Simple, versatile, and effective ways to protect farm workers from back injuries and other musculoskeletal disorders are outlined in a new Spanish-language booklet from NIOSH.

"Soluciones Simples: Ergonomia Para Trabajadores Agricolas" provides illustrated, easy to read guidelines and tip sheets for Spanish-speaking farm workers, their employers, safety professionals, and others. The document includes good working practices in general for repetitive tasks, as well as tips for many specific tasks and tools. The information is based on case studies, field observations, and other applications in which the approaches have been shown to be successful.

Farm workers get backaches and other pains in the shoulders, arms, and hands more than any other occupational health problem. In California alone, more than 3,000 work-related back injuries are reported each year among farm workers, with estimated annual costs of more than $22 million just in workers' compensation, and there may be many more similar injuries that go unreported. Of the 1.8 million hired farm workers in the U.S., 75 percent report they read English only a little or not at all, and 84 report that their primary language is Spanish, according to government data.

Among the simple solutions outlined in the publication are these:

  • Using smaller, lighter tubs with hand grips in harvesting grapes can reduce stresses on the back, arms, fingers, and knees significantly. The impact on productivity is negligible; even though smaller tubs hold smaller quantities of grapes, farm workers who used the smaller tubs felt less tired and made up much of the difference by making more trips to the collection site over the course of the working day.

  • In using traditional short-handled, thin-handled rakes for harvesting berries, farm workers can experience back stress from extended stooping, and wrist and hand strain from awkward gripping. The rakes can be modified to add side handles, or a long-handled, stand-up rake can be used instead. At a cost of $300 for a stand-up rake, it would take 17 to 30 working hours for a harvester to pay for the implement, which should be sturdy enough to use for many seasons.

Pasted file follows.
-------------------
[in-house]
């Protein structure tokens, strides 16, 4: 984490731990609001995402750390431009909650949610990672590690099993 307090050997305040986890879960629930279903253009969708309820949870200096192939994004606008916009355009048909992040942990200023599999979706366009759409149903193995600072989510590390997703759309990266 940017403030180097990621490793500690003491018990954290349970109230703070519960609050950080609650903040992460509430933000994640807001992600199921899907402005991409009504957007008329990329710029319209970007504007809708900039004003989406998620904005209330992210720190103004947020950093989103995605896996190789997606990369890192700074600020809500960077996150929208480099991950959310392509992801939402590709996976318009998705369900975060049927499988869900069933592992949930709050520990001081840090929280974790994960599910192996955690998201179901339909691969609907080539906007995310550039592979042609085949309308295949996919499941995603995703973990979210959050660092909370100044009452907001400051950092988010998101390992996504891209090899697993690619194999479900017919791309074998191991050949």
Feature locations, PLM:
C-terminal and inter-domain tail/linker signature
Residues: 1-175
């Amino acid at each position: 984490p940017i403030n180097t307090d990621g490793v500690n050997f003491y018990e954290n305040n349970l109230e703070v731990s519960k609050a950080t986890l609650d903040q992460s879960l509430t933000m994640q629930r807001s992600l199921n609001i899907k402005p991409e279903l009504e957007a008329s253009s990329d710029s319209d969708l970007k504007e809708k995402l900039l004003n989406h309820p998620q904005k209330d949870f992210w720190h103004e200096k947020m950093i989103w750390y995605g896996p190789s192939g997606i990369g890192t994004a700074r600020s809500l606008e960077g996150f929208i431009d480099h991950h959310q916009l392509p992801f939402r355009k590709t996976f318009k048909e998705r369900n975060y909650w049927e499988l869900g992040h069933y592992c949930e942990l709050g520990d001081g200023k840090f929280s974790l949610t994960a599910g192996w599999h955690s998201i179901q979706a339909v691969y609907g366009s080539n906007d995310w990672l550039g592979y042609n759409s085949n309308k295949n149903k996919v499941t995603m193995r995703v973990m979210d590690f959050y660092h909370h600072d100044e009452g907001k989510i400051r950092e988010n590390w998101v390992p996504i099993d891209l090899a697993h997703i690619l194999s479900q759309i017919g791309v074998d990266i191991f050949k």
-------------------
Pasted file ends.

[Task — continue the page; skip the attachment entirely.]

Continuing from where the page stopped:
• Using a bench-mounted power cutter, instead of hand shears, to make cuttings from thick woody plants can reduce general fatigue as well as repetitive stress to the hand, wrist, and arm. Reducing fatigue also may increase productivity over the course of the day.

  • Back stress in washing leafy greens can be reduced by putting batches of greens in mesh bags and immersing the batches in a wash basin, rather than stooping repeatedly over the basin to wash the greens by hand. Productivity increases because more produce can be washed at a time.


The Mine Safety and Health Administration (MSHA) is reminding miners and mine operators of the increased hazards that colder weather creates at both surface and underground mines. MSHA's Winter Alert campaign, which runs annually from October through March, emphasizes increased vigilance and adherence to safety principles during winter.

"The risk of underground coal mine explosions increases this time of year, as do hazards associated with ice and snow that collect at surface facilities and prep plants," said Assistant Secretary of Labor for Mine Safety and Health Dave D. Lauriski. "We must all be mindful of the seasonal changes that can affect our work environments."

All coal mines contain methane, and when the barometric pressure drops during colder weather, methane can migrate more easily into the mine atmosphere, increasing the risk of an explosion. Furthermore, dry winter air results in drier conditions underground and this makes coal dust more likely to get suspended in the mine atmosphere, which also can contribute to an explosion. Limited visibility, slippery walkways and freezing and thawing highwalls also contribute to potential mishaps during the winter months.

This year's Winter Alert campaign features a series of posters. The "Highway to Safety" theme focuses on the prevention of coal mine explosions, stressing mine examinations, proper ventilation, rock dusting and mine evacuation. "Don't Let Winter Put You on Ice" addresses hazards specific to surface facilities and prep plants.

Throughout the Winter Alert campaign, mine safety and health specialists will regularly visit mines around the country to heighten awareness to the changing conditions that take place during the winter months. Managers and inspectors will distribute materials that focus on "best practices" for performing miners' jobs and provide compliance assistance in developing solutions to health and safety problems that crop up during the colder months.